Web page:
Volunteer firefighters need care / Experts will treat PTSD, survivor’s guilt
The Yomiuri Shimbun
The government will dispatch mental health experts to the three prefectures worst hit by the March 11 earthquake and tsunami to provide counseling for voluntary firefighters who may have been traumatized when they responded to the disaster.
In the face of imminent tsunami, many volunteers did such dangerous work as trying to manually close floodgates and leading people to safety.
Previously, mental health counseling had been provided only to professional firefighters, but the Fire and Disaster Management Agency of the Internal Affairs and Communications Ministry has decided to offer counseling to volunteers, too.
The experts will counsel the members of the local volunteer firefighting associations in Iwate, Miyagi and Fukushima prefectures for such problems as post-traumatic stress disorder (PTSD).
In the three prefectures, a total of 249 voluntary firefighters died or went missing in the disaster.
Volunteer firefighters usually are ordinary citizens who help extinguish fires and provide logistical support to their local fire departments. They also participate in local disaster management activities.
They are regarded as part-time special local public servants.
In the event of a large-scale disaster, volunteer firefighters work to limit disaster damage by, for example, evacuating residents and closing floodgates.
According to the agency, as of April 2010, municipal governments across the nation had 2,275 teams of local volunteer firefighters with a total membership of about 883,000.
The agency will dispatch psychiatrists and clinical psychotherapists belonging to its mental health support team for emergencies, which was established in 2003.
The team has dispatched experts 30 times for serious accidents and disasters, including the train derailment on JR West’s Fukuchiyama Line in 2005.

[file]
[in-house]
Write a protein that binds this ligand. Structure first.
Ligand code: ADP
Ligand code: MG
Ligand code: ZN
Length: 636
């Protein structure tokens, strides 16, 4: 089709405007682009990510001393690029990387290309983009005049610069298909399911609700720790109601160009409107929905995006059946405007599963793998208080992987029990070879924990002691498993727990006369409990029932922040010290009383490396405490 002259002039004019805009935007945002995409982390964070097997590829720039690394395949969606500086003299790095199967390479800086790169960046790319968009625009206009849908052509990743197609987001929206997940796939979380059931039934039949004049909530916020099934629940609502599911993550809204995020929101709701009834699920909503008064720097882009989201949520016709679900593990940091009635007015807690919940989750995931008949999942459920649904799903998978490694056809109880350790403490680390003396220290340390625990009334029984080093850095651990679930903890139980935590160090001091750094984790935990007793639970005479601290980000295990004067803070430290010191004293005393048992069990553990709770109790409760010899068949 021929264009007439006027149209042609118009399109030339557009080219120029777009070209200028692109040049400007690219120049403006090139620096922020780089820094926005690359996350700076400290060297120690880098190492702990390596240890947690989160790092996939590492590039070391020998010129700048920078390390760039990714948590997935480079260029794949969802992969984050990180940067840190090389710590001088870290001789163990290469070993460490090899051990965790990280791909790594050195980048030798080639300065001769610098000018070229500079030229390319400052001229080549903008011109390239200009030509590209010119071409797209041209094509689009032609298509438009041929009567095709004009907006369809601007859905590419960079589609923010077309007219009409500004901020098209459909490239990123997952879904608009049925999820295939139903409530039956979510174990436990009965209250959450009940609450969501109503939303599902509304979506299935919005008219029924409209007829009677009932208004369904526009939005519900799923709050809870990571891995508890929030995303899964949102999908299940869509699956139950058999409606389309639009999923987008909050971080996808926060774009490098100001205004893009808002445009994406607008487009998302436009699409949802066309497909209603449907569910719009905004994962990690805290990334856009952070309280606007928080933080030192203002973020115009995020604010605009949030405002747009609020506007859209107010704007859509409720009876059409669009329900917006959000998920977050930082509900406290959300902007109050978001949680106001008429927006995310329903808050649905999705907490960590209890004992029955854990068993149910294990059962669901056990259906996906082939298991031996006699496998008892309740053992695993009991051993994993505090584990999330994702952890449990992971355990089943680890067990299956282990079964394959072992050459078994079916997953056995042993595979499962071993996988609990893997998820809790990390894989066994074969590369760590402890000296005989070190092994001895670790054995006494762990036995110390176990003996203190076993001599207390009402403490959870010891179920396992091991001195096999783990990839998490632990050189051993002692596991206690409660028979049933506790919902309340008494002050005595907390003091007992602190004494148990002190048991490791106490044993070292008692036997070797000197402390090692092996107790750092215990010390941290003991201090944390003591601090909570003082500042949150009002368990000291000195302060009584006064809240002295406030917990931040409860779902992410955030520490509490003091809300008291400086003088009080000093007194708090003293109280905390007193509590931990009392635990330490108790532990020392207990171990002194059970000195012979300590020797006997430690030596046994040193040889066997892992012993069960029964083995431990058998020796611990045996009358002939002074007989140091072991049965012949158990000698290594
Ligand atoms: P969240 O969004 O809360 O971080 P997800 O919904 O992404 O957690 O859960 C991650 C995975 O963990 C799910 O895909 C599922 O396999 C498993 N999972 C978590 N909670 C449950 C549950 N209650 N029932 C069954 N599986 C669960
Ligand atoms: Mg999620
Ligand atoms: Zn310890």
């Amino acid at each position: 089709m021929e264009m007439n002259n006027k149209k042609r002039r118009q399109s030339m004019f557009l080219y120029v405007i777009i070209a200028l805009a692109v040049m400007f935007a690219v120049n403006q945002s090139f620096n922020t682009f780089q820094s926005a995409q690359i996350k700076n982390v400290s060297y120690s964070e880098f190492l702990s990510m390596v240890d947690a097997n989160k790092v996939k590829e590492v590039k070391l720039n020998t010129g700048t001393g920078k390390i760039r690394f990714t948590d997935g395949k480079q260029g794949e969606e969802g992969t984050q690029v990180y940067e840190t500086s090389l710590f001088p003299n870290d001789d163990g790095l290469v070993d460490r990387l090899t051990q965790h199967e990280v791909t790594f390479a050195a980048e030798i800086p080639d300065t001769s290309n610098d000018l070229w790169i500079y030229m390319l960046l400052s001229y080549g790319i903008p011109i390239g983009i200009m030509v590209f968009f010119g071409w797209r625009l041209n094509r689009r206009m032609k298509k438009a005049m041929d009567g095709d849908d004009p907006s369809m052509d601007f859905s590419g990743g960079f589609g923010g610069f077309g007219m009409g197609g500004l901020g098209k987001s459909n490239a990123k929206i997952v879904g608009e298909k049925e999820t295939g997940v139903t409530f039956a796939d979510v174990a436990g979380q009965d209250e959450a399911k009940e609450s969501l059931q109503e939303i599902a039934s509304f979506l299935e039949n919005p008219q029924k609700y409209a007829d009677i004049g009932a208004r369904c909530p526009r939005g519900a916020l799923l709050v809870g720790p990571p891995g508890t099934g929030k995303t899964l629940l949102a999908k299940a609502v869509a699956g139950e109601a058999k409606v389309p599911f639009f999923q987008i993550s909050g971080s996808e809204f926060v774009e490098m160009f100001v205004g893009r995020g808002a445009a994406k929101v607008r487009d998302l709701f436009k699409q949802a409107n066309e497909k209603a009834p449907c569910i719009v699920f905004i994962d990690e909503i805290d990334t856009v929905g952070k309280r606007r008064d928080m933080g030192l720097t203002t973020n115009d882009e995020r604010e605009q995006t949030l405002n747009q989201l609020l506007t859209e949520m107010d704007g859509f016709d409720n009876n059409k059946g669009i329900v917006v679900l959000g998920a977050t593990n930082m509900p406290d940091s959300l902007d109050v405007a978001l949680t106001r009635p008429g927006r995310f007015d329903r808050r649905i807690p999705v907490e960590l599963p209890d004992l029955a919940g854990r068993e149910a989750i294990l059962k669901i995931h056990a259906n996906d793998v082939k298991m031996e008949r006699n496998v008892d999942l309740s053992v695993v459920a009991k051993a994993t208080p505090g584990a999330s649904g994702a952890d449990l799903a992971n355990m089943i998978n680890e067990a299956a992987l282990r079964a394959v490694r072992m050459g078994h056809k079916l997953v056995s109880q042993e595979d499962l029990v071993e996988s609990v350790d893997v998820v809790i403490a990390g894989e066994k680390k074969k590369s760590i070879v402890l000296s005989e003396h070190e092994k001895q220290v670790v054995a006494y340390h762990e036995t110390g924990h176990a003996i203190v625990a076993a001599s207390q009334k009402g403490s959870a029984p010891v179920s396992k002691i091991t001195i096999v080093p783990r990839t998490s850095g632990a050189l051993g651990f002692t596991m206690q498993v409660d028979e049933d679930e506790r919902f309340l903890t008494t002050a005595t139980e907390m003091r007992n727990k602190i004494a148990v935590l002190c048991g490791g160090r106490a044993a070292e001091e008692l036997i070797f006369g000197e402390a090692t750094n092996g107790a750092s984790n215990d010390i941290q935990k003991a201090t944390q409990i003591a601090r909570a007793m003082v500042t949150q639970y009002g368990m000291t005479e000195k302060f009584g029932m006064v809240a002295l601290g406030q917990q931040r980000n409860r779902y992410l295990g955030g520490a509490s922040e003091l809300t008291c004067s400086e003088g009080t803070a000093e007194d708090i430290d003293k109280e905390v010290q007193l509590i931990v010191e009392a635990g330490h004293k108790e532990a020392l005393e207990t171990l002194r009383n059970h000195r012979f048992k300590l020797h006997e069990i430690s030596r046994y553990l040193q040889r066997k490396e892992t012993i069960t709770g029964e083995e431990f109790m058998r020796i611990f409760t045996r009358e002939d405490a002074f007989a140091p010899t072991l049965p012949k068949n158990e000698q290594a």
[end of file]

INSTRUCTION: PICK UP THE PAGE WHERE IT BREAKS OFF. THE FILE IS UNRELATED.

In the three disaster-hit prefectures, there are about 80,000 local volunteer firefighters in total. In Iwate Prefecture, 116 volunteer firefighters died or went missing, the highest number among the three prefectures.
In Iwate and Miyagi prefectures, a total of 27 professional firefighters died or went missing. Thirty police officers belonging to the prefectural police forces were killed or went missing.
In Rikuzen-Takata, Iwate Prefecture, 50 volunteer firefighters died while trying to evacuate residents after a tsunami warning was issued.
In the prefecture’s Iwaizumicho, four volunteer firefighters narrowly survived when they stayed on a flood barrier until just before the tsunami struck, trying to manually close a floodgate that would not close mechanically.
Since the disaster, local volunteer fighters have shown symptoms of what is known as critical incident stress.
And some are reportedly suffering from survivor’s guilt after other volunteers died in the disaster. Others are said to feel they can no longer work as volunteer firefighters due to strong fears of tsunami.
The agency feared that unless the volunteers receive counseling, they may develop PTSD.
The experts will inquire about such things as sleeping problems, and introduce the volunteers to medical institutions specializing in their problems if necessary.
An official of the agency’s Disaster Management Division said: “This disaster is unprecedented in terms of the large number of local volunteer firefighters affected.
“It [counseling] is necessary because they were exposed to so much danger.”